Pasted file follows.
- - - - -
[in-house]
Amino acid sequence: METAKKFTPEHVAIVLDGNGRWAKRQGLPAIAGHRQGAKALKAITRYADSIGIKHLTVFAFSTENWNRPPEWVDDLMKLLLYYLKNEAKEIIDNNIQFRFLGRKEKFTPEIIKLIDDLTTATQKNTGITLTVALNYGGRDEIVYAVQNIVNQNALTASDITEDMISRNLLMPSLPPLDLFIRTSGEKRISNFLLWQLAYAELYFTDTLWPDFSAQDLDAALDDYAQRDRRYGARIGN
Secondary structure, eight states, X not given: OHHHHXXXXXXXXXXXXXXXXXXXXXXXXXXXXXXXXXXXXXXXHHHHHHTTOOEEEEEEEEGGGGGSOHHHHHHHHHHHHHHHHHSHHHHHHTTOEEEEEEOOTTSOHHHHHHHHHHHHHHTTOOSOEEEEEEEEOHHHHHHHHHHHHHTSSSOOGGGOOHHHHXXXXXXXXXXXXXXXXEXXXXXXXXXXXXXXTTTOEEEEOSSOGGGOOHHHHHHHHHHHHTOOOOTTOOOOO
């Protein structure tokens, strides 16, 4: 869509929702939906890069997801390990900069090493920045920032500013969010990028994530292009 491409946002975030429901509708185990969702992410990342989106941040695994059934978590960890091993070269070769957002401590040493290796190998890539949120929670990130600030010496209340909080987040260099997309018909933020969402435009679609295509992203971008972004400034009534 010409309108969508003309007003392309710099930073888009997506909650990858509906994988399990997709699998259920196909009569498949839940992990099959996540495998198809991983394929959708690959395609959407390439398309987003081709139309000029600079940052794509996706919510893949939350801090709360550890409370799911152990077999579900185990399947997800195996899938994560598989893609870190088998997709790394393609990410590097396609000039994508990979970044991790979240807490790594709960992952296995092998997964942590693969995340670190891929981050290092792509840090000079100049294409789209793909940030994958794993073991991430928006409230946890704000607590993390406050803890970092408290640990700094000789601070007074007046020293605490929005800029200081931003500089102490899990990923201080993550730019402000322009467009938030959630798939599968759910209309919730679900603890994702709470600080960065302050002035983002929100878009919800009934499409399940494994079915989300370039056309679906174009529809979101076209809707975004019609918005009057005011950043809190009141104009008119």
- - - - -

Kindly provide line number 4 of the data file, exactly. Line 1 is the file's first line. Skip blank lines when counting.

């Protein structure tokens, strides 16, 4: 869509929702939906890069997801390990900069090493920045920032500013969010990028994530292009 491409946002975030429901509708185990969702992410990342989106941040695994059934978590960890091993070269070769957002401590040493290796190998890539949120929670990130600030010496209340909080987040260099997309018909933020969402435009679609295509992203971008972004400034009534 010409309108969508003309007003392309710099930073888009997506909650990858509906994988399990997709699998259920196909009569498949839940992990099959996540495998198809991983394929959708690959395609959407390439398309987003081709139309000029600079940052794509996706919510893949939350801090709360550890409370799911152990077999579900185990399947997800195996899938994560598989893609870190088998997709790394393609990410590097396609000039994508990979970044991790979240807490790594709960992952296995092998997964942590693969995340670190891929981050290092792509840090000079100049294409789209793909940030994958794993073991991430928006409230946890704000607590993390406050803890970092408290640990700094000789601070007074007046020293605490929005800029200081931003500089102490899990990923201080993550730019402000322009467009938030959630798939599968759910209309919730679900603890994702709470600080960065302050002035983002929100878009919800009934499409399940494994079915989300370039056309679906174009529809979101076209809707975004019609918005009057005011950043809190009141104009008119």